Living in South East Asia one encounters all kinds of savory balls.  Cuttlefish (squid), prawns, pork, fish, each more flavorful than the next.  Some are served fried with a light glaze, some come covered in sauces or showcased as the main ingredient in soups and they are far from dry or insipid.

This version is an adaptation from one of the many forays into Singapore hawker centers.  They are baked instead of fried and the results are just stellar!  Don’t overly sauce them, as these little morsels should be sticky and syrupy.  Place them on skewers for gatherings and serve with additional sauce on the side.

They’re so outstanding in flavor you’ll say, “What sauce?”


1/2 LB of pork tenderloin

2 chicken thighs

3 scallions – white parts only very finely sliced (save the greens for the dipping sauce)

1 TBSP garlic/ginger paste

1 TSP of lemongrass paste – Gourmet Garden

¼ cup cilantro – chopped finely

1 TBSP toasted sesame oil

1 TBSP thick soy sauce – Catsup Manis (also known as Indonesian Sweet Soy Sauce)

1 TBSP of Golden Mountain seasoning sauce

1 egg

¼ cup of Panko breadcrumbs

Fresh cracked white pepper



2 TBSP Hoisin sauce

1 TBSP Catsup Manis – very thick sweet soy sauce

1 TBSP regular soy sauce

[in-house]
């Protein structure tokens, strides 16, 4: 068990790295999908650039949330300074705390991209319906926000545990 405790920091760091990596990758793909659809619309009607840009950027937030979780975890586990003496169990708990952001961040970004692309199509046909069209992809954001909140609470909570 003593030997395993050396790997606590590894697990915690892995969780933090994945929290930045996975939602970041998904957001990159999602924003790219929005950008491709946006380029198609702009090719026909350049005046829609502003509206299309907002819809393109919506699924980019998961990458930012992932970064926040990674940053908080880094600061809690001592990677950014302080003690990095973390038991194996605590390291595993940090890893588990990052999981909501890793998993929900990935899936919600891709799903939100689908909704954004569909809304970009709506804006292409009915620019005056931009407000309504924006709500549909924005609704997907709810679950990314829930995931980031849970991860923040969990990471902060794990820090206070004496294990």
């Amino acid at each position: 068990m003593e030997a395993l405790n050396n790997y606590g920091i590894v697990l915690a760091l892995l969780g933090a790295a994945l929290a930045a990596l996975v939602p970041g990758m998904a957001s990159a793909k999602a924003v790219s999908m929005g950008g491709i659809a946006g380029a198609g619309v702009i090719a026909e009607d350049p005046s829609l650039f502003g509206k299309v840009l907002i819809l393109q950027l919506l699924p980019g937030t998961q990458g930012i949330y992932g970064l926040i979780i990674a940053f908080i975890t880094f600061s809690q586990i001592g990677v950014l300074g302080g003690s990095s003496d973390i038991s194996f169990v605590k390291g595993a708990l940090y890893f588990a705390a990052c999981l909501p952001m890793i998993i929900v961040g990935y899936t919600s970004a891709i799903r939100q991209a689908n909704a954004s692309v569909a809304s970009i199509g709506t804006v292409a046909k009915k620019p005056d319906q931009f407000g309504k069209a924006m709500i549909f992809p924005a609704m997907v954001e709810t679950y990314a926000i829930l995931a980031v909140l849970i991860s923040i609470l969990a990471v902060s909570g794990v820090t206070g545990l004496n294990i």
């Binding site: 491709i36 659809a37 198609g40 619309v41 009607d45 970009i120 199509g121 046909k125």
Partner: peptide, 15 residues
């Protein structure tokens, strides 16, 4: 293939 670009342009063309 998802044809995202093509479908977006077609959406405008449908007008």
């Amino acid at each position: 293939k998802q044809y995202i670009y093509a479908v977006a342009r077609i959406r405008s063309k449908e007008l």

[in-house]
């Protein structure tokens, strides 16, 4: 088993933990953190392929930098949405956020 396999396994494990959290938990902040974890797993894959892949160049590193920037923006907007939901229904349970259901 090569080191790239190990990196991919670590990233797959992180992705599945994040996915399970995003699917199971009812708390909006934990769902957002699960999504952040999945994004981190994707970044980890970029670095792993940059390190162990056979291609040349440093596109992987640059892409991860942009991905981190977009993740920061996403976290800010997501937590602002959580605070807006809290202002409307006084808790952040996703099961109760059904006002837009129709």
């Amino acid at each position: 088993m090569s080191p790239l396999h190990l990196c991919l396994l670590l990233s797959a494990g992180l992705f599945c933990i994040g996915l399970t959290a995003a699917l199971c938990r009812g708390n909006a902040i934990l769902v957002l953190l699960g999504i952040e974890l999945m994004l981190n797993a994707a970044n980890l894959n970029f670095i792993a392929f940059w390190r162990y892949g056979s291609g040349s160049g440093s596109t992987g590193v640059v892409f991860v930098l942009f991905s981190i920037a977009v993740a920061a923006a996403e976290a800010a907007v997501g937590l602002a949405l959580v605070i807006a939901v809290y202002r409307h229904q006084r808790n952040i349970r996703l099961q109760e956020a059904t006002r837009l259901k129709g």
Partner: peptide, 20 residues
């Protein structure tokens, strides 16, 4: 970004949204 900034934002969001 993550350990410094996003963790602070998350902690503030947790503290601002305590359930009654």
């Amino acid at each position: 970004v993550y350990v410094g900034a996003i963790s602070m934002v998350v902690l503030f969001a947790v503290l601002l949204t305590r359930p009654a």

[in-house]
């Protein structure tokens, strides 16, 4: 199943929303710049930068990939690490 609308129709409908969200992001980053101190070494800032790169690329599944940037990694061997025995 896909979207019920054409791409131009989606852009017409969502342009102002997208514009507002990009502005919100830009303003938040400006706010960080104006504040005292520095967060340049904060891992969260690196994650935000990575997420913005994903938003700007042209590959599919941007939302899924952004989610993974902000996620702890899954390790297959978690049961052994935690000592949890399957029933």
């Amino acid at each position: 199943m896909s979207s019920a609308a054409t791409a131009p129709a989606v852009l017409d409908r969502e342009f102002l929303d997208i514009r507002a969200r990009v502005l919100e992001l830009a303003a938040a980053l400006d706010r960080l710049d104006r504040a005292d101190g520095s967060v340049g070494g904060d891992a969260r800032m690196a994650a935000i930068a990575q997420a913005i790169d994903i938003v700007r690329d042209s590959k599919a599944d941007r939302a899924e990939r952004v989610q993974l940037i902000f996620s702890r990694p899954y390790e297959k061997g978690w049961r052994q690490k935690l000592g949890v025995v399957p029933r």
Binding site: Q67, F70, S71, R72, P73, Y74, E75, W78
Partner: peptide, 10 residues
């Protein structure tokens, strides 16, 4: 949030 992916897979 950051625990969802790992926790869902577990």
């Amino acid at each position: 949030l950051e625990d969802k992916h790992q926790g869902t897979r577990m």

1 TBSP Sriracha

1 TSP garlic/ginger paste

1 TSP honey

Scallion green parts – chopped finely

1 TBSP Shaohsing Chinese Cooking Wineor Rice wine vinegar


Black or white sesame seeds

Very thinly sliced scallions or cilantro



In a food processor, add the pork pieces and process to smooth grind (you don’t want it too smooth but not too chunky either).  Scrape out onto a bowl and do the same with the chicken.  Add the ingredients and mix well with your hands.  Don’t overmix as that’ll make them tough.  Form them into 1” balls and refrigerate them for about 1 hour.  Place them on a cookie sheet lined parchment paper or foil.  You will have approximately 18-20 meatballs.  Bake for about 12-15 minutes till they are evenly browned.

While they bake, mix all the sauce ingredients.  When the meatballs are ready, remove them with tongs and add them to a large working bowl with some sauce.  Toss them well to ensure they are well coated.  Serve them in a platter and sprinkle sesame seeds and the scallions on top.


Kekap Manis -often called Indonesian Soy Sauce can be easily found in Asian stores or online.  It is a very viscous soy sauce with the consistency of molasses.  You can’t really substitute molasses and soy mixed together, because it won’t have the same flavor profile.

Garlic and ginger are two ingredients that are prevalent throughout Indian and Asian cuisine.  Garlic/ginger is a very practical paste keeps in the fridge for months; it’s very aromatic and a complete time saver in the kitchen.

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